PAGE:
NBA Moves to Eliminate ‘Uglyball’ : Pro basketball: Three-point line to be shortened and physical play targeted in proposals.
Having watched a star coach, Pat Riley, complete a personal journey from Showtime to Uglyball, NBA officials have at last been persuaded to address the threat to free-wheeling offensive basketball before the fast break becomes extinct.
Meeting in Chicago, the league’s competition committee Tuesday recommended shortening the three-point line to bring defenses from under the basket, plus several rules changes designed to deal with physical play and fighting.
“Scoring in this league has gone down for something like 10 straight years,” said Rod Thorn, NBA vice president for operations. “Teams are not taking as many shots. They’re holding the ball more. . . .
“If you have a sport, you like to have some action. You don’t want it to become a grappling match.”
Scoring has actually been dropping for 25 years, since the high-water 1968-69 season when teams averaged 122 points. Scoring held steady around the 109 mark in the ‘70s but slipped almost every season in the ‘80s.
The trend was little remarked on during the star-studded ‘80s but with Magic Johnson, Larry Bird and Michael Jordan retired, it showed its face with a vengeance. Last season, scoring plummeted four points, from 105 to 101. The NBA finals drew the league’s lowest TV rating in four years, or before Jordan made his first appearance. The Houston Rockets and New York Knicks set several finals scoring lows and their play was nicknamed “Uglyball.”
Commissioner David Stern fended off critics last spring but gave up his spirited defense when the final TV numbers came in.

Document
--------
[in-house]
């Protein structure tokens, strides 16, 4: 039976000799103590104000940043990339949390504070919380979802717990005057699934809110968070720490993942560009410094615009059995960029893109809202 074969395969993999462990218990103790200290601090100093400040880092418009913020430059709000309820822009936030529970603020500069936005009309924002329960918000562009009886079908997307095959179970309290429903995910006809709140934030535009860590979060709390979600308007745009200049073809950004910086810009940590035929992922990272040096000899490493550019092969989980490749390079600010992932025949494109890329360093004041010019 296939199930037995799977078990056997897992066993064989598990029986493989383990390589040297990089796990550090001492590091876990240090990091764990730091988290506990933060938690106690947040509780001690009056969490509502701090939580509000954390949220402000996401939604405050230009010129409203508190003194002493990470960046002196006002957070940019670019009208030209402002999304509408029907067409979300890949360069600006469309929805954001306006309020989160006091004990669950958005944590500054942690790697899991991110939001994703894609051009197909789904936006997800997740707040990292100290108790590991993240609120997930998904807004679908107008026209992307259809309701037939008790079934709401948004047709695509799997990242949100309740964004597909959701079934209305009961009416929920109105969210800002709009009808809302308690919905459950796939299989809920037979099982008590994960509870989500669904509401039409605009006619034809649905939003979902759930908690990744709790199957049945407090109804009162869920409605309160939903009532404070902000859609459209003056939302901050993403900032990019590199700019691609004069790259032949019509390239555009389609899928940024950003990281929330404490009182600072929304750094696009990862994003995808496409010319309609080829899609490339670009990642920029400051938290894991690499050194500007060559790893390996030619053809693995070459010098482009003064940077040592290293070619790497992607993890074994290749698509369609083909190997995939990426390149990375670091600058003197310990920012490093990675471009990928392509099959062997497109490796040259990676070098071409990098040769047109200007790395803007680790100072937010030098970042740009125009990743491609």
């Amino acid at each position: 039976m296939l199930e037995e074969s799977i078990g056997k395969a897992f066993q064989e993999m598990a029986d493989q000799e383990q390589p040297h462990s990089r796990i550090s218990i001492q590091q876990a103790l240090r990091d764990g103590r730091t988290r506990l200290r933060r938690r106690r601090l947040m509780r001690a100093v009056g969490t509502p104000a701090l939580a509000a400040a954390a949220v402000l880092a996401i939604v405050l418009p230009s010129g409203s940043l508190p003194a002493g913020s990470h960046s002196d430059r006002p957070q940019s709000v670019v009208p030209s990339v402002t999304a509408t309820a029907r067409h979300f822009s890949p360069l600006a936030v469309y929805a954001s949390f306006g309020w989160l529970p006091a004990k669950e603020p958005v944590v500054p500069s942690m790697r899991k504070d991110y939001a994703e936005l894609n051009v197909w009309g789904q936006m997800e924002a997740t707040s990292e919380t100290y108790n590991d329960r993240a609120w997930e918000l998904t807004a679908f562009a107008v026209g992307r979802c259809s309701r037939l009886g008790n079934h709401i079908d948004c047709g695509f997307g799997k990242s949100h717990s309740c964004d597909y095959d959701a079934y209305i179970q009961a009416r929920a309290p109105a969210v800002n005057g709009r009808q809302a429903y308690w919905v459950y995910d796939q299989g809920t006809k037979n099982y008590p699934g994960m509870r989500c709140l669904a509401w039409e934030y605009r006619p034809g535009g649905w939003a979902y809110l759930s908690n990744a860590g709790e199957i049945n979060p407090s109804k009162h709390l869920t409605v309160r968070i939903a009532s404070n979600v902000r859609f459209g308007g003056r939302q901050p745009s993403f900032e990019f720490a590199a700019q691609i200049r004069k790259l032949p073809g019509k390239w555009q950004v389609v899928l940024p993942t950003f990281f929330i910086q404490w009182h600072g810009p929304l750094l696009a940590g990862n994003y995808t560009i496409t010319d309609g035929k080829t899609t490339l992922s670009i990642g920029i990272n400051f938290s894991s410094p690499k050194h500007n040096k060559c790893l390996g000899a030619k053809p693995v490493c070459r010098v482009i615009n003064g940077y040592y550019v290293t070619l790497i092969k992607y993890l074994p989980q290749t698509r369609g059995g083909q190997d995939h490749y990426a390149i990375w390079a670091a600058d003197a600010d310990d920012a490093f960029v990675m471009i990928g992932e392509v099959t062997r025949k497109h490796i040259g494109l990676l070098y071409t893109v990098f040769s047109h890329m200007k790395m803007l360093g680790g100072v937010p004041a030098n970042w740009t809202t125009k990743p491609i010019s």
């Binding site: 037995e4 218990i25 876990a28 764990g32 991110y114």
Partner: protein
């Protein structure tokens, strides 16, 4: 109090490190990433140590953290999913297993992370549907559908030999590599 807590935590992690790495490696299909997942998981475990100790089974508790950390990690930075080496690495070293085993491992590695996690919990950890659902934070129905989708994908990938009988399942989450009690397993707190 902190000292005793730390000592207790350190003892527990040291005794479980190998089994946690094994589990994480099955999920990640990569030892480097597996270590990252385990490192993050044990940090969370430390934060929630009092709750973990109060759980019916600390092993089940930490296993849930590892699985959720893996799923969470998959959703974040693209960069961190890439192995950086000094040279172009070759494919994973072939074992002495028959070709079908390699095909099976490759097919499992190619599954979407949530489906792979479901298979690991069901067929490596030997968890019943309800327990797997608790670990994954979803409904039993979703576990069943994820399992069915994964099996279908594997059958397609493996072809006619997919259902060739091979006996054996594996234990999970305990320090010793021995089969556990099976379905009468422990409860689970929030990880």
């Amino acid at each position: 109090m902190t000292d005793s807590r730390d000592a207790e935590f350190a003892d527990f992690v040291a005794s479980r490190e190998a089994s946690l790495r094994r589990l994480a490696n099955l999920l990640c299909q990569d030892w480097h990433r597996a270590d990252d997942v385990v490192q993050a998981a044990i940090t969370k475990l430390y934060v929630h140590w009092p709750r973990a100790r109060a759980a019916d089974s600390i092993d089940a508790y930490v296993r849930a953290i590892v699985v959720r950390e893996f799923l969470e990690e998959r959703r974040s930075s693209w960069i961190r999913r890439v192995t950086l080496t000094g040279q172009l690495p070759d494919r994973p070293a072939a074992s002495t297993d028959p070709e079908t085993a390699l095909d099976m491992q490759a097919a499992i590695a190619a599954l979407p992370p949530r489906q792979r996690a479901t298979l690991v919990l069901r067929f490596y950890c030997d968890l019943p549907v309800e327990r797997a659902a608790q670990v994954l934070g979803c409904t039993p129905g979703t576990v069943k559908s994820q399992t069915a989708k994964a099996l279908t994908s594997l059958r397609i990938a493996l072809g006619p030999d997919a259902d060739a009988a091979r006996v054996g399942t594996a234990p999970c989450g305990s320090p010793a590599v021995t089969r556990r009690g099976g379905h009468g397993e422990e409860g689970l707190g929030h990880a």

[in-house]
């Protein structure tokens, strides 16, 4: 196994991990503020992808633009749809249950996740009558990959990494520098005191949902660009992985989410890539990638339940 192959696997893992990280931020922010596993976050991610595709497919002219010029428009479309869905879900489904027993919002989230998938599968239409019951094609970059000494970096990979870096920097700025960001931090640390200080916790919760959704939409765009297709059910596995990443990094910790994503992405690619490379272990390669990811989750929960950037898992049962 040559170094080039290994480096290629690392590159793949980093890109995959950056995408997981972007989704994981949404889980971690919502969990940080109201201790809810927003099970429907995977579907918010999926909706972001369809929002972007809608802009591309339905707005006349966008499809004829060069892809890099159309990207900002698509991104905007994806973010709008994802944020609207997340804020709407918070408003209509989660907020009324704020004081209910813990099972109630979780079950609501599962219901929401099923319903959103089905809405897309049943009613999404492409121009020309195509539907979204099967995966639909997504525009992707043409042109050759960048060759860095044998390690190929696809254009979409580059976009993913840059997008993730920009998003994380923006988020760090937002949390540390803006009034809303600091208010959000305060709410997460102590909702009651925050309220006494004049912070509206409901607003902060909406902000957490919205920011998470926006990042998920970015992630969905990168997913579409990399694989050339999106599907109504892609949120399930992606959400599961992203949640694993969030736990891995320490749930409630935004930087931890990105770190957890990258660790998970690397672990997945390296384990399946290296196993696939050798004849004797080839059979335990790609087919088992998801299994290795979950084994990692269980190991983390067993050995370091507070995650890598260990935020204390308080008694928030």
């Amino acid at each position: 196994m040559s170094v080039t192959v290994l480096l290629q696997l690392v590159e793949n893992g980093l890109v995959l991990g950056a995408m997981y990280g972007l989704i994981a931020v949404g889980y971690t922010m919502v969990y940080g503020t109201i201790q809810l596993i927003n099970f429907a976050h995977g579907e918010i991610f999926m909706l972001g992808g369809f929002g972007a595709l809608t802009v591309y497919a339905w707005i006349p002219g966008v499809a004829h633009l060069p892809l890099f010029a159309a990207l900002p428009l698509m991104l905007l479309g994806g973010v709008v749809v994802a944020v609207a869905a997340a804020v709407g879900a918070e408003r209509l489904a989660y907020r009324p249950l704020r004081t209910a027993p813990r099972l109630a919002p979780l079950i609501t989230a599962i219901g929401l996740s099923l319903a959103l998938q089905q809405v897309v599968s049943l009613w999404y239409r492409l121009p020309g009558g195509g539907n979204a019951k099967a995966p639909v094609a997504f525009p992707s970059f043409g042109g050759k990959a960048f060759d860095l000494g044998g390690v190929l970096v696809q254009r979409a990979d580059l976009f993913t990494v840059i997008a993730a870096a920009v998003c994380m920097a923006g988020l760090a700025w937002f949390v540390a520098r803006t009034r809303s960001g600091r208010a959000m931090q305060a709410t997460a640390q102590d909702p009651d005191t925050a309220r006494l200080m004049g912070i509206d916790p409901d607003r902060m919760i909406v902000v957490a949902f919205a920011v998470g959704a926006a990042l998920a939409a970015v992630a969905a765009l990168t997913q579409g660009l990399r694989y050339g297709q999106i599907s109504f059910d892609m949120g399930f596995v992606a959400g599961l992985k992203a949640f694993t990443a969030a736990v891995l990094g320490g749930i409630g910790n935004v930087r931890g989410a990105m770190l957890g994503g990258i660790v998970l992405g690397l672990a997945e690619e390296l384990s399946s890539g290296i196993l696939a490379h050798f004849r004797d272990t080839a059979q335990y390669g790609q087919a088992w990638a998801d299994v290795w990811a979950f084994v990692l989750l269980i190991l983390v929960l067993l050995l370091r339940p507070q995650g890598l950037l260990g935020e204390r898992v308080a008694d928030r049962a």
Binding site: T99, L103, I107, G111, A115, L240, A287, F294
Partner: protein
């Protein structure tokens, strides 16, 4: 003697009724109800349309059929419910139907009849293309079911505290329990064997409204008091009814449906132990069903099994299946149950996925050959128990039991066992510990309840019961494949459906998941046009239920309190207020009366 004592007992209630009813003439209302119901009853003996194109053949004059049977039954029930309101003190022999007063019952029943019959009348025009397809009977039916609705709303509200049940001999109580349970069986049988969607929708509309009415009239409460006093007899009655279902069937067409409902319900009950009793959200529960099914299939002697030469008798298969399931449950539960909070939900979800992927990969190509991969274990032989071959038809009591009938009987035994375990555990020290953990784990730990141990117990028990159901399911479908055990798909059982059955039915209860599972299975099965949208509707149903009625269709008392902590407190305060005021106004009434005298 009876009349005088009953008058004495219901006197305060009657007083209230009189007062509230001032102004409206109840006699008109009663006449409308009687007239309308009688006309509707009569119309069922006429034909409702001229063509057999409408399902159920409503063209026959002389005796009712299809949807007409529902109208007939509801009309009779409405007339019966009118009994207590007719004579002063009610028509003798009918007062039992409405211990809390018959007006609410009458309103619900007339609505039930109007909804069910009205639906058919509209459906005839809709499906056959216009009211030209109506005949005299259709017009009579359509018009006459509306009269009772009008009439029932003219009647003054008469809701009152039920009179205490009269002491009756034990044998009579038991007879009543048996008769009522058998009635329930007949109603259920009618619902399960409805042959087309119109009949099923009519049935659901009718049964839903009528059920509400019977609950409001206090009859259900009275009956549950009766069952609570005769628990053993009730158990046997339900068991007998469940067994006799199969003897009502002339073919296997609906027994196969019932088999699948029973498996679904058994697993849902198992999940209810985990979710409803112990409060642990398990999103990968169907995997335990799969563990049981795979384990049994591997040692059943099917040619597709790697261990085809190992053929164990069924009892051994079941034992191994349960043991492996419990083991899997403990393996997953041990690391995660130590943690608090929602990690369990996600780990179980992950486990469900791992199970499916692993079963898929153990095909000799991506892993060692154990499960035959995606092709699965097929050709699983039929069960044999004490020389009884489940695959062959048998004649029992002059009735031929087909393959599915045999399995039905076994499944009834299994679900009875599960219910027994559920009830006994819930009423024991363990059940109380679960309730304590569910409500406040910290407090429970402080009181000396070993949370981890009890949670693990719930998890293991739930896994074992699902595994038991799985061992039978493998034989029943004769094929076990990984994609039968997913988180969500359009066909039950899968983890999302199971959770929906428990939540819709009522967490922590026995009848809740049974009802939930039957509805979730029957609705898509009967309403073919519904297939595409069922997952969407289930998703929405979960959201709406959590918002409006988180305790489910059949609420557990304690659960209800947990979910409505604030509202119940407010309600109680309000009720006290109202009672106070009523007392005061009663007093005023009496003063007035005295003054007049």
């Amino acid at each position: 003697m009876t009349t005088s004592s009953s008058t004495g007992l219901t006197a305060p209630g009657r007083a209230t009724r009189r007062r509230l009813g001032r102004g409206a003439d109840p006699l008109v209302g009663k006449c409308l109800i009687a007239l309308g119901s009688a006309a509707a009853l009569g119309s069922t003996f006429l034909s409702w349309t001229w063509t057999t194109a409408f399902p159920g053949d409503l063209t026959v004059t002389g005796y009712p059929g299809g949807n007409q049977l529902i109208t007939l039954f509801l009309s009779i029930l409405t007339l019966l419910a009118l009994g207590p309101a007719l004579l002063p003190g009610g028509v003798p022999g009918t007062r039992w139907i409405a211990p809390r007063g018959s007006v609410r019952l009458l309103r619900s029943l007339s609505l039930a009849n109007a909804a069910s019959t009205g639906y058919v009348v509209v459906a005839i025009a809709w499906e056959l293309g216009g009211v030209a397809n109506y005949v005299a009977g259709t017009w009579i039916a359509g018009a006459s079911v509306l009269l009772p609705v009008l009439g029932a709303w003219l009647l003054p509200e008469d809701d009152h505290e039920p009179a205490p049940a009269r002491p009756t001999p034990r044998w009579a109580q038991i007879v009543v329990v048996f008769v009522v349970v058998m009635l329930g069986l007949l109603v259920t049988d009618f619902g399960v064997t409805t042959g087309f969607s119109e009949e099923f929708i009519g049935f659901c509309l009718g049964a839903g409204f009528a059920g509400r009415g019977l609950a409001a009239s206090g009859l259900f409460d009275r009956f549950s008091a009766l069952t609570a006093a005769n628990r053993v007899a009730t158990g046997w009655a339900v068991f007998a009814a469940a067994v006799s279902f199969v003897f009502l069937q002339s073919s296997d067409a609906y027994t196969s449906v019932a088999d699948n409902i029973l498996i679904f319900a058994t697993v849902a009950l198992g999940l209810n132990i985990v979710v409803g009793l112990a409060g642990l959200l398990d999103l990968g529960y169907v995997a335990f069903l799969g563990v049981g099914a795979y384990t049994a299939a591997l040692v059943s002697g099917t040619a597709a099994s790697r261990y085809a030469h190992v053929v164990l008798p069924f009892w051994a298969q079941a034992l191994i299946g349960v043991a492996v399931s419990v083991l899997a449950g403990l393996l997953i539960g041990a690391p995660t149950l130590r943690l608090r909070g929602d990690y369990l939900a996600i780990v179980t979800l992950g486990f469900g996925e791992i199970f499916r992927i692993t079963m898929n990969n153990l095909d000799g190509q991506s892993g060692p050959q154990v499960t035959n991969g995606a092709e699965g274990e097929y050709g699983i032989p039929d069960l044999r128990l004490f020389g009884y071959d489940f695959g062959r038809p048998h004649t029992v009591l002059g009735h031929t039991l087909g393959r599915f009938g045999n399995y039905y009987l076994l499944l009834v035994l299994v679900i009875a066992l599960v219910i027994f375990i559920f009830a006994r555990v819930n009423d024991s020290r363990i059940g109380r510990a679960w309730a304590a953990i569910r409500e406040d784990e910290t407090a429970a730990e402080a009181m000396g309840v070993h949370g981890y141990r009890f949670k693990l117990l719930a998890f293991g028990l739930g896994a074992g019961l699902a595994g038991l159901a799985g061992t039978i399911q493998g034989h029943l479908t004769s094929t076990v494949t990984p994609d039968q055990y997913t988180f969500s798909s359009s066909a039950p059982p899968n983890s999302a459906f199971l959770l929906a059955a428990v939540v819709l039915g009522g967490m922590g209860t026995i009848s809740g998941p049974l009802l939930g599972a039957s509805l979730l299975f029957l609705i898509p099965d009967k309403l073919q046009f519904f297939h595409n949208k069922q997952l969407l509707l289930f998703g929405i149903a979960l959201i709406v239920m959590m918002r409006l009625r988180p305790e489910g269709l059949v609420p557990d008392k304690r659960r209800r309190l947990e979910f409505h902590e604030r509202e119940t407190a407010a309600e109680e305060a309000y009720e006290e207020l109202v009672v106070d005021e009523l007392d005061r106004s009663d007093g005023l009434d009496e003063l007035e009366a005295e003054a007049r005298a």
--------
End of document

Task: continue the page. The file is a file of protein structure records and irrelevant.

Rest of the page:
The competition committee recommendations, expected to be adopted by the board of governors, would shorten the three-point line from its present 23 feet 9 inches at the top of the circle to 22 feet all around.
Players fouled while shooting a three-pointer would get three free throws. Defenders would not be able to hand-check until the offensive player gets below the foul line. Fines for technical fouls would be increased and taunting would be monitored more closely.
Eager to get on with their lives on a court rather than in one, Orlando Magic officials say they will offer free agent Horace Grant a new contract, rather than try to persuade a judge that the one he has now is acceptable under NBA rules.
"(The judge) has already said that the league has a good case here,” said John Gabriel, Orlando’s vice president of basketball operations.
U.S. District Judge Dickinson Debevoise, who approved the league-rejected contracts of A.C. Green, Toni Kukoc and Chris Dudley, had asked for more information on Grant’s case.
With the start of camp three weeks off, the Magic will instead change Grant’s one-year-and-out contract to a two-year deal for about $2.125 million per season. The league has approved such contracts and Grant’s agent, Jimmy Sexton, says Grant will sign it.